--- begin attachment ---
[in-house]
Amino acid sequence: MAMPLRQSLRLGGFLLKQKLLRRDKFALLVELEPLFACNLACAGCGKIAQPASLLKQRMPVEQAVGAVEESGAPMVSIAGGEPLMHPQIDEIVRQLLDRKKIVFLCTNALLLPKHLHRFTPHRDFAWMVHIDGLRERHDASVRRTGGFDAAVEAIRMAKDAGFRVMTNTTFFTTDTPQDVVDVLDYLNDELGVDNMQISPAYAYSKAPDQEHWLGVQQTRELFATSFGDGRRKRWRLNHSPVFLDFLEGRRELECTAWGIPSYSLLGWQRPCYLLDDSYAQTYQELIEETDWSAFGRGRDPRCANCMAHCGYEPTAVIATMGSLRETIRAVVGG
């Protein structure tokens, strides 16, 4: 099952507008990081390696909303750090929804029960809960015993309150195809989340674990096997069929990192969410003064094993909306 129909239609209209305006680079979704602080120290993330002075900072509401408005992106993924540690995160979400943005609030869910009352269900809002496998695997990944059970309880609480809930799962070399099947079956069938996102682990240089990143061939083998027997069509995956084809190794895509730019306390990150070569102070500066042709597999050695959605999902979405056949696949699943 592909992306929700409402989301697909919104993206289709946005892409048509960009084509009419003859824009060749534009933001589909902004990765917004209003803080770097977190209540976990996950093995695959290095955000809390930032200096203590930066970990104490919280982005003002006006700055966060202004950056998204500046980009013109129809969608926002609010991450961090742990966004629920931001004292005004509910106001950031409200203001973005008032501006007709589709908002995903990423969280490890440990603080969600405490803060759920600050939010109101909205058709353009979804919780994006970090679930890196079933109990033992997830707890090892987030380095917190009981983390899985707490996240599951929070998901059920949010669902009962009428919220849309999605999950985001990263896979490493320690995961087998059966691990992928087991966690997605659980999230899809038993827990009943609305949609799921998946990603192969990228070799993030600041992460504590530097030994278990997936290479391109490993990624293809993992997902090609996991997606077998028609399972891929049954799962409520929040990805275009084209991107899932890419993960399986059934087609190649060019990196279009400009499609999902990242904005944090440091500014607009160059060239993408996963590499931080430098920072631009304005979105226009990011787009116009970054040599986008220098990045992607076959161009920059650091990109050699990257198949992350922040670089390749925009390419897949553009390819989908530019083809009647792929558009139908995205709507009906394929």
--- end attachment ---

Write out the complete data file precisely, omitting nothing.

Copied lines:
[in-house]
Amino acid sequence: MAMPLRQSLRLGGFLLKQKLLRRDKFALLVELEPLFACNLACAGCGKIAQPASLLKQRMPVEQAVGAVEESGAPMVSIAGGEPLMHPQIDEIVRQLLDRKKIVFLCTNALLLPKHLHRFTPHRDFAWMVHIDGLRERHDASVRRTGGFDAAVEAIRMAKDAGFRVMTNTTFFTTDTPQDVVDVLDYLNDELGVDNMQISPAYAYSKAPDQEHWLGVQQTRELFATSFGDGRRKRWRLNHSPVFLDFLEGRRELECTAWGIPSYSLLGWQRPCYLLDDSYAQTYQELIEETDWSAFGRGRDPRCANCMAHCGYEPTAVIATMGSLRETIRAVVGG
């Protein structure tokens, strides 16, 4: 099952507008990081390696909303750090929804029960809960015993309150195809989340674990096997069929990192969410003064094993909306 129909239609209209305006680079979704602080120290993330002075900072509401408005992106993924540690995160979400943005609030869910009352269900809002496998695997990944059970309880609480809930799962070399099947079956069938996102682990240089990143061939083998027997069509995956084809190794895509730019306390990150070569102070500066042709597999050695959605999902979405056949696949699943 592909992306929700409402989301697909919104993206289709946005892409048509960009084509009419003859824009060749534009933001589909902004990765917004209003803080770097977190209540976990996950093995695959290095955000809390930032200096203590930066970990104490919280982005003002006006700055966060202004950056998204500046980009013109129809969608926002609010991450961090742990966004629920931001004292005004509910106001950031409200203001973005008032501006007709589709908002995903990423969280490890440990603080969600405490803060759920600050939010109101909205058709353009979804919780994006970090679930890196079933109990033992997830707890090892987030380095917190009981983390899985707490996240599951929070998901059920949010669902009962009428919220849309999605999950985001990263896979490493320690995961087998059966691990992928087991966690997605659980999230899809038993827990009943609305949609799921998946990603192969990228070799993030600041992460504590530097030994278990997936290479391109490993990624293809993992997902090609996991997606077998028609399972891929049954799962409520929040990805275009084209991107899932890419993960399986059934087609190649060019990196279009400009499609999902990242904005944090440091500014607009160059060239993408996963590499931080430098920072631009304005979105226009990011787009116009970054040599986008220098990045992607076959161009920059650091990109050699990257198949992350922040670089390749925009390419897949553009390819989908530019083809009647792929558009139908995205709507009906394929």